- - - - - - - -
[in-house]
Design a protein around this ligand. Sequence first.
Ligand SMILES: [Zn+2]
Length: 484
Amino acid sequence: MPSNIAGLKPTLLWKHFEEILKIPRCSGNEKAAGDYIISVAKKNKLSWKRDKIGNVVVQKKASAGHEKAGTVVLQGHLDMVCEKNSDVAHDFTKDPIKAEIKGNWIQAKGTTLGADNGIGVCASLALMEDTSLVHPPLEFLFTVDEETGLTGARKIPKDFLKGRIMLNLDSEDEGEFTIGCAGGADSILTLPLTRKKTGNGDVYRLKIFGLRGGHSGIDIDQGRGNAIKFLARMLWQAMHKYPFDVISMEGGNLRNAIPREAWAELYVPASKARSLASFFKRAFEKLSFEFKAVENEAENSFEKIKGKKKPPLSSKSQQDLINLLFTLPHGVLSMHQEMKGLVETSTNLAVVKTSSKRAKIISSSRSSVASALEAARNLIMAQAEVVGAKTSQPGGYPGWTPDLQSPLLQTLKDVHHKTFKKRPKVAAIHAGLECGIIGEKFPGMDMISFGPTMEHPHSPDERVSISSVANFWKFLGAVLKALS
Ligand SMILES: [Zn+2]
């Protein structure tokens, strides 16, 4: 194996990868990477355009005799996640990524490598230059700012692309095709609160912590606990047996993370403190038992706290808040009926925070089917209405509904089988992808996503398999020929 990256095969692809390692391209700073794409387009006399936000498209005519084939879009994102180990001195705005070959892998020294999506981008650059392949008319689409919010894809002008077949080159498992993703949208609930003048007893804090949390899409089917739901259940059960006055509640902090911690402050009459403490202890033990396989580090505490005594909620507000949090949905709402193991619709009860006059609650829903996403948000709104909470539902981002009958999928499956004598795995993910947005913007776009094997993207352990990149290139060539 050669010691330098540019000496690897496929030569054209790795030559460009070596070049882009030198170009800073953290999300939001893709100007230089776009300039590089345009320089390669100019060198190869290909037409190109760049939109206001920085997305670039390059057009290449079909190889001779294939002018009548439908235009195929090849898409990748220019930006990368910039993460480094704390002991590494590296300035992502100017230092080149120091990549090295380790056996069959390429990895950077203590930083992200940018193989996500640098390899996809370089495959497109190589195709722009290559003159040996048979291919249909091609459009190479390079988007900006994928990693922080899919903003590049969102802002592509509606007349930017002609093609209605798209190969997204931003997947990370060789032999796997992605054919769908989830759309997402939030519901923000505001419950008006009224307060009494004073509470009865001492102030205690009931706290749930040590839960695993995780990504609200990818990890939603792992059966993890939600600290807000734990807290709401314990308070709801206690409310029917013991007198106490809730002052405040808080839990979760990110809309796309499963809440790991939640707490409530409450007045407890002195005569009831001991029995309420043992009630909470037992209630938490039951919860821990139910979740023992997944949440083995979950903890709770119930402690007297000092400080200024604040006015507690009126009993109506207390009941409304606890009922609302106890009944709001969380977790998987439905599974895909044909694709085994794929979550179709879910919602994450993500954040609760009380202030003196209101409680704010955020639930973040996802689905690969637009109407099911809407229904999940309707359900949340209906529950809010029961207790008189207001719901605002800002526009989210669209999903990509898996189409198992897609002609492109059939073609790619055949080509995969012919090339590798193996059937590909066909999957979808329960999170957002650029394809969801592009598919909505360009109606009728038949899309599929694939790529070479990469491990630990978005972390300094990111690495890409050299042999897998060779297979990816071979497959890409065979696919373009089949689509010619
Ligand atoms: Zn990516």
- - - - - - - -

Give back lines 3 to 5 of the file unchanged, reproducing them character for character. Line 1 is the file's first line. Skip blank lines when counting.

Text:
Ligand SMILES: [Zn+2]
Length: 484
Amino acid sequence: MPSNIAGLKPTLLWKHFEEILKIPRCSGNEKAAGDYIISVAKKNKLSWKRDKIGNVVVQKKASAGHEKAGTVVLQGHLDMVCEKNSDVAHDFTKDPIKAEIKGNWIQAKGTTLGADNGIGVCASLALMEDTSLVHPPLEFLFTVDEETGLTGARKIPKDFLKGRIMLNLDSEDEGEFTIGCAGGADSILTLPLTRKKTGNGDVYRLKIFGLRGGHSGIDIDQGRGNAIKFLARMLWQAMHKYPFDVISMEGGNLRNAIPREAWAELYVPASKARSLASFFKRAFEKLSFEFKAVENEAENSFEKIKGKKKPPLSSKSQQDLINLLFTLPHGVLSMHQEMKGLVETSTNLAVVKTSSKRAKIISSSRSSVASALEAARNLIMAQAEVVGAKTSQPGGYPGWTPDLQSPLLQTLKDVHHKTFKKRPKVAAIHAGLECGIIGEKFPGMDMISFGPTMEHPHSPDERVSISSVANFWKFLGAVLKALS